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Top 3 Virtualization Security Issues

virtualization securityVirtualization presents some unique possibilities to IT, but it also presents some unique problems. One of the biggest areas of concern for IT managers and CIOs is the area of security. It isn’t so much that virtual servers are somehow not as secure than other servers; instead, the fact that many applications can run on a single physical server means that the server suddenly becomes a more important security object. Having one physical server which supports one application compromised is concerning; having a server that supports many applications compromised is dangerous.

Here are a few of the key virtualization security issues that matter most to your organization:

  1. Oversight. One of the grey areas that virtualization has created is that of server oversight. Who’s ultimately responsible for virtual servers is sometimes up in the air. While physical servers are, as a matter of course, under the direct purview of the data center, it’s not as straightforward for virtual servers. Whether it’s the business unit that uses the server, the closest IT manager to the actual physical server, or a central system admin, someone needs to have clear authority to act and responsibility to manage the virtual server.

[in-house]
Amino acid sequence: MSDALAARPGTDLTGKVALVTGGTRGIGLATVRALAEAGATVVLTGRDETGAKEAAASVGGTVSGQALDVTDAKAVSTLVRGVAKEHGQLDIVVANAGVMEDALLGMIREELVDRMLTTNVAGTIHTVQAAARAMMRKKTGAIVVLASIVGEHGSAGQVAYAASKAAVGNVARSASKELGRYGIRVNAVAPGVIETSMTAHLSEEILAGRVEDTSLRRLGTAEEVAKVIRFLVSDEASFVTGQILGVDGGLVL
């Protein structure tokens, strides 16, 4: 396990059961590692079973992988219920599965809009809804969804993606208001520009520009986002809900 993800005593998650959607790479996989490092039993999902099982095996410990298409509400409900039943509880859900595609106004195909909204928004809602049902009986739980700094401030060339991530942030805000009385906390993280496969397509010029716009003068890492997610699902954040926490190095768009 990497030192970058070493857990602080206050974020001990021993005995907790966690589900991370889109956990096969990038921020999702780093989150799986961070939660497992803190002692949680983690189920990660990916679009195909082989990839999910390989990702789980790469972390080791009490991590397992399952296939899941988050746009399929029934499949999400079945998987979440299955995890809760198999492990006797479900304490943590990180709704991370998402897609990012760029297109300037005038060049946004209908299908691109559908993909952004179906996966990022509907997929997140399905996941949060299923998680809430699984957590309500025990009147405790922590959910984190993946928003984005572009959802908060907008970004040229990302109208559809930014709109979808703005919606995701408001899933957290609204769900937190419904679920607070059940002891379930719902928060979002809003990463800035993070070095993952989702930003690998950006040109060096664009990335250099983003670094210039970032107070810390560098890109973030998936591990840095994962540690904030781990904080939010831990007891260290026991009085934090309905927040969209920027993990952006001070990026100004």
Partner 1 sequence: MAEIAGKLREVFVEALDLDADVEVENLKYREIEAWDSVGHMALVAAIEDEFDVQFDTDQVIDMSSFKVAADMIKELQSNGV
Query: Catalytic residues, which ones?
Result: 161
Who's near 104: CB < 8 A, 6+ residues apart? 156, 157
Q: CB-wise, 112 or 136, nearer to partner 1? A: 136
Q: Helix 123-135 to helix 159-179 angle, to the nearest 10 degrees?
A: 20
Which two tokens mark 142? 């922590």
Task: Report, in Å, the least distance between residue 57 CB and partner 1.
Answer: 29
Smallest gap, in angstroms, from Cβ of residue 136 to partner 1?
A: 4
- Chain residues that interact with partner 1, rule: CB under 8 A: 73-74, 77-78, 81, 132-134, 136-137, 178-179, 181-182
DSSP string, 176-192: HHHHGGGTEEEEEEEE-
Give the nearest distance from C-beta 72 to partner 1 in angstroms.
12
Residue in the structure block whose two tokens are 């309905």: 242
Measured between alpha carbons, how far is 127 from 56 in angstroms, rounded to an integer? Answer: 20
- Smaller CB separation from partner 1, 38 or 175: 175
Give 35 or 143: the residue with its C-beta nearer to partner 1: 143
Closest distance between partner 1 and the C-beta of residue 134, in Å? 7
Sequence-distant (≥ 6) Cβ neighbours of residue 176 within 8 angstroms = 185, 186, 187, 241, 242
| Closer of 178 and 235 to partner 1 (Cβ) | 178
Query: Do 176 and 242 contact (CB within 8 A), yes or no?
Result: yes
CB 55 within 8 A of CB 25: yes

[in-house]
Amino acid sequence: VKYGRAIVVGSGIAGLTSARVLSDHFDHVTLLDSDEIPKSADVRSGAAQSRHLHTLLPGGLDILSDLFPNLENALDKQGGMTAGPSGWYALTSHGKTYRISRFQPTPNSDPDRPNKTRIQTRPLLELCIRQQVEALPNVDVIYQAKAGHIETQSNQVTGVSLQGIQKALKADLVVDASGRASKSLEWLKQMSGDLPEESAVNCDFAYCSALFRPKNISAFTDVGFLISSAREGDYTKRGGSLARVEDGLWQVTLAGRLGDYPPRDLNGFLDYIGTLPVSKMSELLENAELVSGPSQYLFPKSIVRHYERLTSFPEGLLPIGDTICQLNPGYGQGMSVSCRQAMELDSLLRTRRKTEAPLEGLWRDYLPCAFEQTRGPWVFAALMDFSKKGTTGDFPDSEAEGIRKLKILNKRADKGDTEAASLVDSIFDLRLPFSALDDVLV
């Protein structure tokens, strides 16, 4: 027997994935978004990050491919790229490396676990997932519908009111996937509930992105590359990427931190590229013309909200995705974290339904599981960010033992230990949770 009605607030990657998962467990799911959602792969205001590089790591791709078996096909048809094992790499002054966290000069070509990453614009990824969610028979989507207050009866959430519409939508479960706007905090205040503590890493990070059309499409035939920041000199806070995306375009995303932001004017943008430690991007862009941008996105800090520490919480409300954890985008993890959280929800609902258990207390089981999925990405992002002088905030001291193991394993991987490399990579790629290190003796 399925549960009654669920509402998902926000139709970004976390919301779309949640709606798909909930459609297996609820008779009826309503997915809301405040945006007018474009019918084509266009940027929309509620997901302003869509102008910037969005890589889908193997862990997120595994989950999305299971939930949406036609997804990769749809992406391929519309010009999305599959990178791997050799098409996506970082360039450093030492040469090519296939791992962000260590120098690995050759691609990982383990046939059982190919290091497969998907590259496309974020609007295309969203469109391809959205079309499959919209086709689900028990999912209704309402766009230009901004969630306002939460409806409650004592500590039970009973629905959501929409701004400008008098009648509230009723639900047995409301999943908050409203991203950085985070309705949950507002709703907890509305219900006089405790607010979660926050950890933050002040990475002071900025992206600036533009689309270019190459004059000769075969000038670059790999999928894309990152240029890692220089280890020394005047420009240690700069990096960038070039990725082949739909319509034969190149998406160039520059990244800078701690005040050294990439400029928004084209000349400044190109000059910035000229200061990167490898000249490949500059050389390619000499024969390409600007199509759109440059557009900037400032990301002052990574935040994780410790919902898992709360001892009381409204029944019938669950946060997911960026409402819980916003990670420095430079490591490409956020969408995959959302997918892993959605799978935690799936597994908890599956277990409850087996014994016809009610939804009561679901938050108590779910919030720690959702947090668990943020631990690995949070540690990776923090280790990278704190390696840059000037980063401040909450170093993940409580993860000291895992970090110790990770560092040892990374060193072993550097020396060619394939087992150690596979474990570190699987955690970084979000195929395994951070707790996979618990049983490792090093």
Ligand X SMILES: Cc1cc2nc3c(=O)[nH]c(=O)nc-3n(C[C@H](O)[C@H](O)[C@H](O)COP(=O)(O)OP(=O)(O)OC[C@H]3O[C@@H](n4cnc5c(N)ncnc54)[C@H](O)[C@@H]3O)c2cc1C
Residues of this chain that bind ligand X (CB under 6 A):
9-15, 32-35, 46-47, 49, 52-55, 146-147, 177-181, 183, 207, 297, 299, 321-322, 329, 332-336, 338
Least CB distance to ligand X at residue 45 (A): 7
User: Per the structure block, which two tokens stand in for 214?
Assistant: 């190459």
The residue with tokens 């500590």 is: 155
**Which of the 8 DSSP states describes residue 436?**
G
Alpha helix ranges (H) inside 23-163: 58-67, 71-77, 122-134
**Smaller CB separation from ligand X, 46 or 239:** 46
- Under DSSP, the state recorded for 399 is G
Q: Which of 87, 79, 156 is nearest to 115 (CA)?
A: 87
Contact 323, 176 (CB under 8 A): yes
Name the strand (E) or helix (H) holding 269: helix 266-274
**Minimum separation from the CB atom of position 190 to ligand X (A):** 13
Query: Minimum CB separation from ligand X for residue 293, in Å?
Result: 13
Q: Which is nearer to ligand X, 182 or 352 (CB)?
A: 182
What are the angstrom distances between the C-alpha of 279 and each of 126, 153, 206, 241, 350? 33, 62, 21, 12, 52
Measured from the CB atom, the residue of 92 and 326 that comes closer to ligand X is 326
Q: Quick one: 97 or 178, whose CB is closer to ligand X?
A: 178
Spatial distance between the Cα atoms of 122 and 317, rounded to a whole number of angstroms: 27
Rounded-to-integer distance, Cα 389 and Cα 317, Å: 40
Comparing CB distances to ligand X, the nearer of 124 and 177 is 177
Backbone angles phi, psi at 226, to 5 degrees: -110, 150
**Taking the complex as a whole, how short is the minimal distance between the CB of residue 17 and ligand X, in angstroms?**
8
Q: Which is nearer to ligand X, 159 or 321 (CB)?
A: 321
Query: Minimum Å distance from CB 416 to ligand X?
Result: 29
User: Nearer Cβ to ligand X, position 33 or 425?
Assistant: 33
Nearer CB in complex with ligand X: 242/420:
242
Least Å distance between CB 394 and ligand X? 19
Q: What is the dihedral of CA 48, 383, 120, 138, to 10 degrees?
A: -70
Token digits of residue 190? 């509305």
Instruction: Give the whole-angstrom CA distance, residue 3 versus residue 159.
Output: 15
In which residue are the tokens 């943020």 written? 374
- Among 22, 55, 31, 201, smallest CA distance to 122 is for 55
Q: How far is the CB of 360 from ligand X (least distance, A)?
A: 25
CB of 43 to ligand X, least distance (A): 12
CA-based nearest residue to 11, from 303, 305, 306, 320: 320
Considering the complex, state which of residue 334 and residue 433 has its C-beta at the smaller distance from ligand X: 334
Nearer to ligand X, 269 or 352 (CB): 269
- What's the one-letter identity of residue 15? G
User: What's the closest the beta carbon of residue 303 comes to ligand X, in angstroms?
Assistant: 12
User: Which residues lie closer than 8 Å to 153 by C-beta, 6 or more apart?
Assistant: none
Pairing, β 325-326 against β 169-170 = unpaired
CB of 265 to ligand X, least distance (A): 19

2. Maintenance. Flowing out of that oversight confusion is the issue of upkeep and patching. Virtual servers tend to be launched and then their image tucked away, and it may or may not be recreated when patches or configuration changes take place. Taking regular snapshots of a virtual server so as to keep current with things like patches and antivirus reduces risk.
  3. Visibility. One of the risks involved with having significant virtualization is that those network controls that used to segment specific applications off due to reasons of compliance and security often aren’t virtualized. Indeed, virtual servers develop something of an invisible network between them, quite apart from the normal firewalling and monitoring controls that take place between physical servers. This, of course, can lead to issues with HIPPA and other security regulations. Compounding this problem is the fact that the virtualization vendors haven’t yet implemented the kind of robust sniffer, tracking, and firewalling tools that the physical server world has.
Virtualized environments can be just as secure as physical server environments, but you need to make sure you’re aware of the unique concerns that virtualization poses.

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Unitiv, Inc., is a professional provider of enterprise IT solutions. Unitiv delivers its services from its headquarters in Alpharetta, Georgia, USA, and its regional office in Iselin, New Jersey, USA. Unitiv provides a strategic approach to its service delivery, focusing on three core components: People, Products, and Processes. The People to advise and support customers. The Products to design and build solutions. The Processes to govern and manage post-implementation operations.